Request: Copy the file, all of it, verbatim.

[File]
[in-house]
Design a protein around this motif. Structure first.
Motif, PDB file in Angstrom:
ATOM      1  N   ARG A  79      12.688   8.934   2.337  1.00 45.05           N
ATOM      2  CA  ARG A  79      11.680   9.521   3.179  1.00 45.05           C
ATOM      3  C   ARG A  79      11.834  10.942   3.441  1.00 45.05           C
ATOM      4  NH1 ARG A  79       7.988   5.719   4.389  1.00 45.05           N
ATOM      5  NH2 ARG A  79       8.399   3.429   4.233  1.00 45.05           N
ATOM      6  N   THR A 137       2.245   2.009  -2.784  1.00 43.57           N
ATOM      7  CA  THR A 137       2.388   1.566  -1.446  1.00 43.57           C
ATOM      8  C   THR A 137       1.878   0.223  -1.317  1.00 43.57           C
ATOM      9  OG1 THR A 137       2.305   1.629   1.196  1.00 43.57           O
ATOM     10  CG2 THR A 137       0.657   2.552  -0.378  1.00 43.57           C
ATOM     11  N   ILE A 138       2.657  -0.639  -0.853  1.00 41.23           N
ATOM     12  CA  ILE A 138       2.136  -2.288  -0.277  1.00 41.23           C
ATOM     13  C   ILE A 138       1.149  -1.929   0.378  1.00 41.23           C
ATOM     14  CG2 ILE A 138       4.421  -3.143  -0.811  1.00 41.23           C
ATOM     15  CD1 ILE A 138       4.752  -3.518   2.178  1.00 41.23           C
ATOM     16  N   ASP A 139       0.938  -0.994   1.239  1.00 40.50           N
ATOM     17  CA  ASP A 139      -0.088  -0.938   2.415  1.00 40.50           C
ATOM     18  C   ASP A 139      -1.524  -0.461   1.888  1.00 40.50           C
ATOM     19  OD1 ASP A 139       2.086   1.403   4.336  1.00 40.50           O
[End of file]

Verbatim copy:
[in-house]
Design a protein around this motif. Structure first.
Motif, PDB file in Angstrom:
ATOM      1  N   ARG A  79      12.688   8.934   2.337  1.00 45.05           N
ATOM      2  CA  ARG A  79      11.680   9.521   3.179  1.00 45.05           C
ATOM      3  C   ARG A  79      11.834  10.942   3.441  1.00 45.05           C
ATOM      4  NH1 ARG A  79       7.988   5.719   4.389  1.00 45.05           N
ATOM      5  NH2 ARG A  79       8.399   3.429   4.233  1.00 45.05           N
ATOM      6  N   THR A 137       2.245   2.009  -2.784  1.00 43.57           N
ATOM      7  CA  THR A 137       2.388   1.566  -1.446  1.00 43.57           C
ATOM      8  C   THR A 137       1.878   0.223  -1.317  1.00 43.57           C
ATOM      9  OG1 THR A 137       2.305   1.629   1.196  1.00 43.57           O
ATOM     10  CG2 THR A 137       0.657   2.552  -0.378  1.00 43.57           C
ATOM     11  N   ILE A 138       2.657  -0.639  -0.853  1.00 41.23           N
ATOM     12  CA  ILE A 138       2.136  -2.288  -0.277  1.00 41.23           C
ATOM     13  C   ILE A 138       1.149  -1.929   0.378  1.00 41.23           C
ATOM     14  CG2 ILE A 138       4.421  -3.143  -0.811  1.00 41.23           C
ATOM     15  CD1 ILE A 138       4.752  -3.518   2.178  1.00 41.23           C
ATOM     16  N   ASP A 139       0.938  -0.994   1.239  1.00 40.50           N
ATOM     17  CA  ASP A 139      -0.088  -0.938   2.415  1.00 40.50           C
ATOM     18  C   ASP A 139      -1.524  -0.461   1.888  1.00 40.50           C
ATOM     19  OD1 ASP A 139       2.086   1.403   4.336  1.00 40.50           O